Being referred to wealthy non-Christian neighbors.

I can’t be sure, but I think I was weaponized once.

I had finished my support presentation, and challenged folks to join with me financially and prayerfully to reach students with the gospel. They had committed to give monthly toward that goal.

Then, out of nowhere, they commissioned me to be God’s answer to prayer regarding their wealthy next-door neighbors.

My support spiel all but assumes the faith of the person being challenged to give. Sure, during my training, we briefly discussed how Nehemiah (in the book of the Bible that bears his name) provides a biblical warrant to ask nonbelievers for money. But anecdotal evidence is hardly enough to make it a mandatory practice, so I tended to only approach and challenge other Christians.

This sweet family decided, when I asked for the names of other folks in their sphere of influence to challenge to join us financially and prayerfully, to send me to outreach to their wealthy pagan next-door neighbors.

Jimbo: You think Jill and Bobby would like to hear this presentation?
Susie: Well, I know they go to that Buddhist meditation and training center every week, but I also know that they have a ton of money… It can’t hurt.

Because nothing makes people want to come to Christ like a Christian asking them for cash.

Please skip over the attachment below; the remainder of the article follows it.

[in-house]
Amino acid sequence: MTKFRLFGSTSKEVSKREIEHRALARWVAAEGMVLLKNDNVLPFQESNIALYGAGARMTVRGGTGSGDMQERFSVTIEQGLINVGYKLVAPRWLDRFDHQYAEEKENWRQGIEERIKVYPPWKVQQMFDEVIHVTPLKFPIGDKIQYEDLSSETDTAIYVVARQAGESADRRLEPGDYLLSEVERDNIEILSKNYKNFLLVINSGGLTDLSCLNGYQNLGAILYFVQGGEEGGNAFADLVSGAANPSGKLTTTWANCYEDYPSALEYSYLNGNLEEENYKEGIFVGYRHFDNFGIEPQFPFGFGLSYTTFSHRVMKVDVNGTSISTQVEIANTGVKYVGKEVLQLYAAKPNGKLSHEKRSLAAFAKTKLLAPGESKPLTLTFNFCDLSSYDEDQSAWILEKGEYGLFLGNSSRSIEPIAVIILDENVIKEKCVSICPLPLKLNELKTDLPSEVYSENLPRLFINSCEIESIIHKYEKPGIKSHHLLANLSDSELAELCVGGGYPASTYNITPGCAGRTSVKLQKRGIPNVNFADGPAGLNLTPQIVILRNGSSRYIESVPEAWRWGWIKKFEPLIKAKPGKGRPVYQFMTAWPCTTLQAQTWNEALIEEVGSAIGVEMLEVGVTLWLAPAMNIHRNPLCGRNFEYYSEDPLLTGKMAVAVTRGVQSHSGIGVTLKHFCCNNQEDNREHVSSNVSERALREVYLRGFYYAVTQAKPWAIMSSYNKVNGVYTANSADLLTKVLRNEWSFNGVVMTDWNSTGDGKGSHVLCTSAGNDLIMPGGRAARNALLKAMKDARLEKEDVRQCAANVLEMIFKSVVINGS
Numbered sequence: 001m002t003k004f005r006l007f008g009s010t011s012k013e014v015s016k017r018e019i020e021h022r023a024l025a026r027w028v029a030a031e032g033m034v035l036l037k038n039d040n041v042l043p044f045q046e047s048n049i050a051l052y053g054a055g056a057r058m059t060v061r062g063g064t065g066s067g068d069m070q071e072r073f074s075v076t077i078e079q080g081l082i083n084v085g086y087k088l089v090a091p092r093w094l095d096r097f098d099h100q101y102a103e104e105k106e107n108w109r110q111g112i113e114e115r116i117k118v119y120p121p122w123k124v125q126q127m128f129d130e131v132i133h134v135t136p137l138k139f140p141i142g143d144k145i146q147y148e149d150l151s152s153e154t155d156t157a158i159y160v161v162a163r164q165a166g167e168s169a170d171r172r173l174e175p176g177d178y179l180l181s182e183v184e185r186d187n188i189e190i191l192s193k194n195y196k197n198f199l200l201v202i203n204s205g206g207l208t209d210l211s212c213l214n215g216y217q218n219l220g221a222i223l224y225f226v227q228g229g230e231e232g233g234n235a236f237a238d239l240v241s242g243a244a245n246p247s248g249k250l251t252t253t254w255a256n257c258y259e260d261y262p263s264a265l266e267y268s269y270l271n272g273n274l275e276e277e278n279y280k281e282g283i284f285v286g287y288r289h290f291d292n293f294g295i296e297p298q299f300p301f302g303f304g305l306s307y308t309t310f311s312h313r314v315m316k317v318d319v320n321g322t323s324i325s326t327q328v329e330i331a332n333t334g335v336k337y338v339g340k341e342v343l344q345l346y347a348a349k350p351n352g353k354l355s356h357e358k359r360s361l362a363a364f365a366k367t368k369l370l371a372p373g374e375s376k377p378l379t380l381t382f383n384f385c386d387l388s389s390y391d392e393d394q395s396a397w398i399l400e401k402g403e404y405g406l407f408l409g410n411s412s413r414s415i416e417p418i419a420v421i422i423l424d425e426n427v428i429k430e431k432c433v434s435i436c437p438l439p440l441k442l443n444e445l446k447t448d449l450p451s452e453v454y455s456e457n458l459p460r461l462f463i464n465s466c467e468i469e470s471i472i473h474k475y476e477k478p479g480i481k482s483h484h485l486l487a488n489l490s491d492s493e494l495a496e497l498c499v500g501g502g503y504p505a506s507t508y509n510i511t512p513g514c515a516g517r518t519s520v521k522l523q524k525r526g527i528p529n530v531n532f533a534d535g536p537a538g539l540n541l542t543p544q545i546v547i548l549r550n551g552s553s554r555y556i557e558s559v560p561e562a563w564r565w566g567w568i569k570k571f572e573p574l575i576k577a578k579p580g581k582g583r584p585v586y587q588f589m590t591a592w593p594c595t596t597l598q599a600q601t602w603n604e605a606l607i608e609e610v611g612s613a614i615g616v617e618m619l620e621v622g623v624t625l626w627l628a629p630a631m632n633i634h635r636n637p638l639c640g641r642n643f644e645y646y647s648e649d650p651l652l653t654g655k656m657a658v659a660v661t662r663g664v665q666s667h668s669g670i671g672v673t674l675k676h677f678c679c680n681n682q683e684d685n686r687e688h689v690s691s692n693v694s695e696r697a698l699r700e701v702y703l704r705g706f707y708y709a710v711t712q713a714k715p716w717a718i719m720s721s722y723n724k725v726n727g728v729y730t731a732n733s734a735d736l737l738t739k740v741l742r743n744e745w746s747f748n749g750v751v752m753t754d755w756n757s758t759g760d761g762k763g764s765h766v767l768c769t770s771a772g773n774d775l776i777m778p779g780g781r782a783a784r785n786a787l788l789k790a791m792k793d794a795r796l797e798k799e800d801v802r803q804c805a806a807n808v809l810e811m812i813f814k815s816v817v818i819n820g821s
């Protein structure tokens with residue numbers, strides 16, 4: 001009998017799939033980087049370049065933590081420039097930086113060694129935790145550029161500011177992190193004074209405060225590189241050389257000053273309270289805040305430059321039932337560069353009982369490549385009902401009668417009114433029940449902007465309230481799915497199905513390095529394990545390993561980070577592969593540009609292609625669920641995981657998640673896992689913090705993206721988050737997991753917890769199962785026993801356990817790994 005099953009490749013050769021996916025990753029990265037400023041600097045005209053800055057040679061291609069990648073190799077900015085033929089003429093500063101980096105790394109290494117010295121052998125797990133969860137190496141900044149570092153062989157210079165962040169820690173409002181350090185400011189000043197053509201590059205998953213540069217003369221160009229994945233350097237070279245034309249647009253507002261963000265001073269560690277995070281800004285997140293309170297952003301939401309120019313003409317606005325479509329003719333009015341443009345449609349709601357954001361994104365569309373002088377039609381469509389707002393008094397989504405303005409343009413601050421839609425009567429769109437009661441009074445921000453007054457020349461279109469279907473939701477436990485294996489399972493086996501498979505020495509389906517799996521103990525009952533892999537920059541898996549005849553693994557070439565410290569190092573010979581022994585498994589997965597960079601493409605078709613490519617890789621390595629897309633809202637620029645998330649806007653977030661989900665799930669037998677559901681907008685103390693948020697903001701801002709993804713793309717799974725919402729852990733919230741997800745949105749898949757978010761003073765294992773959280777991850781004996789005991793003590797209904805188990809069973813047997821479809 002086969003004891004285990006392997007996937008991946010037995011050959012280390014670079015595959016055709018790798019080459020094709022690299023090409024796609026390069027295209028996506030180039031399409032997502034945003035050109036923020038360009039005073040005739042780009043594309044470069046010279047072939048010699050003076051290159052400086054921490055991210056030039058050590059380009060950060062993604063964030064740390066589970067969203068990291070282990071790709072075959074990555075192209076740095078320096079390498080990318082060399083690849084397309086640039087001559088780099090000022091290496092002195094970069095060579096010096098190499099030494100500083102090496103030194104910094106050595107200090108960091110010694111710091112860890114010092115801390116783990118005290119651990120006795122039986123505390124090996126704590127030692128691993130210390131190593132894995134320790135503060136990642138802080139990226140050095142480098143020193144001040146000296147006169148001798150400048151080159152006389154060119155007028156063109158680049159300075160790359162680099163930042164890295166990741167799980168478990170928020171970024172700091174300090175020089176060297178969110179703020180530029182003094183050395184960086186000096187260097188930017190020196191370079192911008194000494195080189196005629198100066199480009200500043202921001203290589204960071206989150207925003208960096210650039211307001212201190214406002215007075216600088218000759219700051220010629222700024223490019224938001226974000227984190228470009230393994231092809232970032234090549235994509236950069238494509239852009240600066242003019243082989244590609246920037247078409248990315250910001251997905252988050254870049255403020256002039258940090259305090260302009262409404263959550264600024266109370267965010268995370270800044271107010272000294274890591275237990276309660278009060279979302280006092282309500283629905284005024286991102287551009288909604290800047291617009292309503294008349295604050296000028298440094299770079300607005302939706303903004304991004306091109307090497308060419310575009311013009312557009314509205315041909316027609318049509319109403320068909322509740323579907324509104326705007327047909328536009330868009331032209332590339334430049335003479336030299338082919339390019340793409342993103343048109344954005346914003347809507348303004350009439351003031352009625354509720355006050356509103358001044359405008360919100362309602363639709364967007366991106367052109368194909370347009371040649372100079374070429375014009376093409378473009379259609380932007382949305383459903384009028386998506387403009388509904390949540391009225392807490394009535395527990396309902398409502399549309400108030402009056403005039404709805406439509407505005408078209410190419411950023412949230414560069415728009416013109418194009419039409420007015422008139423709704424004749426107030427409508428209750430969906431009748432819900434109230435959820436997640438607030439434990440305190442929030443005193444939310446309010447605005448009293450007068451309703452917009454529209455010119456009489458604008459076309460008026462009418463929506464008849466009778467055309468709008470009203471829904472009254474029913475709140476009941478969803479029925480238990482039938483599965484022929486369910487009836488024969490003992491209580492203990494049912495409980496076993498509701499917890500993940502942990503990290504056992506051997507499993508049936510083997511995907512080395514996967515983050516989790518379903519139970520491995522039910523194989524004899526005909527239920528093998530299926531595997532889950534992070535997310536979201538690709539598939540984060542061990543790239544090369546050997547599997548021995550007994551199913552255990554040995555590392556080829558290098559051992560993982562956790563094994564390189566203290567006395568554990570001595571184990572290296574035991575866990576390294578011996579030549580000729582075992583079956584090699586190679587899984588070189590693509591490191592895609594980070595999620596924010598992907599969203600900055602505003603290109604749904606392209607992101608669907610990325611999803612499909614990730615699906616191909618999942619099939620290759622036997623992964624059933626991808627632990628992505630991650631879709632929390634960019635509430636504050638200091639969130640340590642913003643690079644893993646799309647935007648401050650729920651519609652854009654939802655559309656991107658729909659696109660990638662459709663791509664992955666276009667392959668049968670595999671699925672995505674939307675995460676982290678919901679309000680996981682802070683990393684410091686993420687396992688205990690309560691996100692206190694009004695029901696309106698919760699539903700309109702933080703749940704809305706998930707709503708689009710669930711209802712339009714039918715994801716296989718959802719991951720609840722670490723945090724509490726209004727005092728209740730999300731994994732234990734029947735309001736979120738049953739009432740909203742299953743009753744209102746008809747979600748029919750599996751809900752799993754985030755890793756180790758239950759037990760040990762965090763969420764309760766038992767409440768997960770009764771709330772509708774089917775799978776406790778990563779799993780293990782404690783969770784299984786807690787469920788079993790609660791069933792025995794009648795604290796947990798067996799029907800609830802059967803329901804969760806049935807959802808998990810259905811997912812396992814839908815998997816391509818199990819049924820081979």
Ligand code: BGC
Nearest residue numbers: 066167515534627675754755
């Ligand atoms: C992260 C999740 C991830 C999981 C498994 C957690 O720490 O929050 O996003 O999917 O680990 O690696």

The weaponized missionary approach, or WMA, is a tactical strike on your neighbor that alleviates all of the pressure from you in evangelism, and instead places it squarely on the shoulders of a missionary. After all, we are the pros, and it only stands to reason that you would expect us to be able to handle the pressure. Like a NASCAR driver at the local Department of Motor Vehicles, we’ve got this.

Don’t want to share the gospel with your wealthy neighbor? No problem. They are used to getting solicited for cash, right? What better way to smuggle the life changing truths of the message of Jesus into their lives than through a 30-40 minute missionary support presentation? It could work. And either way, they’ll likely take it as a compliment that you think they are flush enough with cash to send them the Christian version of an Amway salesman. Even if they blow off the missionary, a seed will have been planted.


Have you ever seen support raising work as an evangelistic tool?

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